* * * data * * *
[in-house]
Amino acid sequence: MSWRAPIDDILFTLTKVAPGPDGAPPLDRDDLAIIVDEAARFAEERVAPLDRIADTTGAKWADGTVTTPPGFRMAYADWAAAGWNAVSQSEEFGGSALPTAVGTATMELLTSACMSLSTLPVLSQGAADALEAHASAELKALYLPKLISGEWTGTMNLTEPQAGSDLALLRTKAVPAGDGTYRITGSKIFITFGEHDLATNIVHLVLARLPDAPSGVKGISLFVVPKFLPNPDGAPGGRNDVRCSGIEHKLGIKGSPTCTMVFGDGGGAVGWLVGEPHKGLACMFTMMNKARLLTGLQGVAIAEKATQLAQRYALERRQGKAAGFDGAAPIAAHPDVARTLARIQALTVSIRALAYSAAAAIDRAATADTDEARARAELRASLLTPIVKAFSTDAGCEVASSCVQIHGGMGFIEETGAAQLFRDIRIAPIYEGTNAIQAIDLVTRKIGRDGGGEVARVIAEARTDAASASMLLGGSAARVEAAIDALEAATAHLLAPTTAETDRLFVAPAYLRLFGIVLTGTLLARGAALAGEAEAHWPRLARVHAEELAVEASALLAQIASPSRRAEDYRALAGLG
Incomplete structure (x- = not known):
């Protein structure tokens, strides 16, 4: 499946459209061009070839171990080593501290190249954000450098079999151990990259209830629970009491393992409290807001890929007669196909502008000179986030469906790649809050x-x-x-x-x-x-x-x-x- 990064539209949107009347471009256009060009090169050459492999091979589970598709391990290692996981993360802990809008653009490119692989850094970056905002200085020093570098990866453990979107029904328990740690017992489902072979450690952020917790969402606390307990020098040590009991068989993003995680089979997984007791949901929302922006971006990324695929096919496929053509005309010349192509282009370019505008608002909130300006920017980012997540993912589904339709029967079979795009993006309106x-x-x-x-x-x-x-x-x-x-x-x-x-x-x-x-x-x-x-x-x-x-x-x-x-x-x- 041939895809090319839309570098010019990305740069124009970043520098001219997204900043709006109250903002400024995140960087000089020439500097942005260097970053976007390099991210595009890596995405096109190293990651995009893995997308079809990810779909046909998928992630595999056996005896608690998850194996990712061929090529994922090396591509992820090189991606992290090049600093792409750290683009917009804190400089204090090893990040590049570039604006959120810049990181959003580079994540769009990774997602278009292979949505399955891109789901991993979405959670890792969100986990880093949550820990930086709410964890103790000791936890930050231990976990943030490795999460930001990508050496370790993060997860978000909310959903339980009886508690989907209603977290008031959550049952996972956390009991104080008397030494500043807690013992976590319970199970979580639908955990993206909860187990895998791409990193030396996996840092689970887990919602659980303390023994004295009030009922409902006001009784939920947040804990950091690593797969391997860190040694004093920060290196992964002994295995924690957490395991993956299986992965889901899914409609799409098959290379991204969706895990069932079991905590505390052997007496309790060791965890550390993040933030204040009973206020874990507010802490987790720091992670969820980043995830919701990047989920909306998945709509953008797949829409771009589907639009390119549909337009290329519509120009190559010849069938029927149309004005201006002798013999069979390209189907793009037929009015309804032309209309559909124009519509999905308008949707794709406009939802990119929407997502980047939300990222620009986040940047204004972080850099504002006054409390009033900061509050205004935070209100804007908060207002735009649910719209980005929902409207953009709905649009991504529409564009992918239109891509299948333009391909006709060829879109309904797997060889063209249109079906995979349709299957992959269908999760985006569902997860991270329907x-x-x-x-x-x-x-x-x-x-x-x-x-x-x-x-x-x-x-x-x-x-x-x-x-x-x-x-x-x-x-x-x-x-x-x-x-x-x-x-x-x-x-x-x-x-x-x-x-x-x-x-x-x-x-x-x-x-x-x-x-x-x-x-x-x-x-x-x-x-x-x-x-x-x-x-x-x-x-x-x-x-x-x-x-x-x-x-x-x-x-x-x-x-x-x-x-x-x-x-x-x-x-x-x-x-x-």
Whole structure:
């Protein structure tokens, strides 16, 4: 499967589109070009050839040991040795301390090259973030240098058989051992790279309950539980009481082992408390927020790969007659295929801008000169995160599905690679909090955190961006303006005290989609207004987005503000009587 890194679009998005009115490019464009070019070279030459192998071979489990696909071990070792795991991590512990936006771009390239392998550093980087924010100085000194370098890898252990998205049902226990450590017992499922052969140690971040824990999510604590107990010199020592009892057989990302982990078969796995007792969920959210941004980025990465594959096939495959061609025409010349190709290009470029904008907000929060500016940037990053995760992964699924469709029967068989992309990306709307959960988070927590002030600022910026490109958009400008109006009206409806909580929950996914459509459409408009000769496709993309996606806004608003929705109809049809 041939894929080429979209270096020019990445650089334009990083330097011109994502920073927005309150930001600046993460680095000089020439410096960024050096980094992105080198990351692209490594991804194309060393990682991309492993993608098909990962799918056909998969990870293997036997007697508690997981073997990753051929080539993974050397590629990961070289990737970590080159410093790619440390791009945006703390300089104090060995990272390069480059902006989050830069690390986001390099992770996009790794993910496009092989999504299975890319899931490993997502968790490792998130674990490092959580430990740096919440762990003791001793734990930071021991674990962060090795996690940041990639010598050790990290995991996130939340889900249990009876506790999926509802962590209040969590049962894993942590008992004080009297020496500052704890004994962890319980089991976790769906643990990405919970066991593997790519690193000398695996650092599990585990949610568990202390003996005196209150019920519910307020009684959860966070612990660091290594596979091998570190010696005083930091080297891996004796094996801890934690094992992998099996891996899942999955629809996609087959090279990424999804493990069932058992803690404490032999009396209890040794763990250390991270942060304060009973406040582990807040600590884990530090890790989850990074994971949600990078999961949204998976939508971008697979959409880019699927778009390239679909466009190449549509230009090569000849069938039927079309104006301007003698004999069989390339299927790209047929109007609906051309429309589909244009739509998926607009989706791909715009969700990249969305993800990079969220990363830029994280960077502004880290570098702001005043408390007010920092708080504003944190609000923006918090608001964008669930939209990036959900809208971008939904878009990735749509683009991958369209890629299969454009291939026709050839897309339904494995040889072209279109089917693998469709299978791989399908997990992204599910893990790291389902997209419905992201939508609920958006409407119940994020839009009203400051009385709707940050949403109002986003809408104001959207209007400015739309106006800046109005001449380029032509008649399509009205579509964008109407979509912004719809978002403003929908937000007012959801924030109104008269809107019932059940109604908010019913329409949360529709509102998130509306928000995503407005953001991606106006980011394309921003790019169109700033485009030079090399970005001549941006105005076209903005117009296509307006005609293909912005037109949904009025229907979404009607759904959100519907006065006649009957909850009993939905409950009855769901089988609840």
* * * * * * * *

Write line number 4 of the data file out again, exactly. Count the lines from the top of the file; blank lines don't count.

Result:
């Protein structure tokens, strides 16, 4: 499946459209061009070839171990080593501290190249954000450098079999151990990259209830629970009491393992409290807001890929007669196909502008000179986030469906790649809050x-x-x-x-x-x-x-x-x- 990064539209949107009347471009256009060009090169050459492999091979589970598709391990290692996981993360802990809008653009490119692989850094970056905002200085020093570098990866453990979107029904328990740690017992489902072979450690952020917790969402606390307990020098040590009991068989993003995680089979997984007791949901929302922006971006990324695929096919496929053509005309010349192509282009370019505008608002909130300006920017980012997540993912589904339709029967079979795009993006309106x-x-x-x-x-x-x-x-x-x-x-x-x-x-x-x-x-x-x-x-x-x-x-x-x-x-x- 041939895809090319839309570098010019990305740069124009970043520098001219997204900043709006109250903002400024995140960087000089020439500097942005260097970053976007390099991210595009890596995405096109190293990651995009893995997308079809990810779909046909998928992630595999056996005896608690998850194996990712061929090529994922090396591509992820090189991606992290090049600093792409750290683009917009804190400089204090090893990040590049570039604006959120810049990181959003580079994540769009990774997602278009292979949505399955891109789901991993979405959670890792969100986990880093949550820990930086709410964890103790000791936890930050231990976990943030490795999460930001990508050496370790993060997860978000909310959903339980009886508690989907209603977290008031959550049952996972956390009991104080008397030494500043807690013992976590319970199970979580639908955990993206909860187990895998791409990193030396996996840092689970887990919602659980303390023994004295009030009922409902006001009784939920947040804990950091690593797969391997860190040694004093920060290196992964002994295995924690957490395991993956299986992965889901899914409609799409098959290379991204969706895990069932079991905590505390052997007496309790060791965890550390993040933030204040009973206020874990507010802490987790720091992670969820980043995830919701990047989920909306998945709509953008797949829409771009589907639009390119549909337009290329519509120009190559010849069938029927149309004005201006002798013999069979390209189907793009037929009015309804032309209309559909124009519509999905308008949707794709406009939802990119929407997502980047939300990222620009986040940047204004972080850099504002006054409390009033900061509050205004935070209100804007908060207002735009649910719209980005929902409207953009709905649009991504529409564009992918239109891509299948333009391909006709060829879109309904797997060889063209249109079906995979349709299957992959269908999760985006569902997860991270329907x-x-x-x-x-x-x-x-x-x-x-x-x-x-x-x-x-x-x-x-x-x-x-x-x-x-x-x-x-x-x-x-x-x-x-x-x-x-x-x-x-x-x-x-x-x-x-x-x-x-x-x-x-x-x-x-x-x-x-x-x-x-x-x-x-x-x-x-x-x-x-x-x-x-x-x-x-x-x-x-x-x-x-x-x-x-x-x-x-x-x-x-x-x-x-x-x-x-x-x-x-x-x-x-x-x-x-």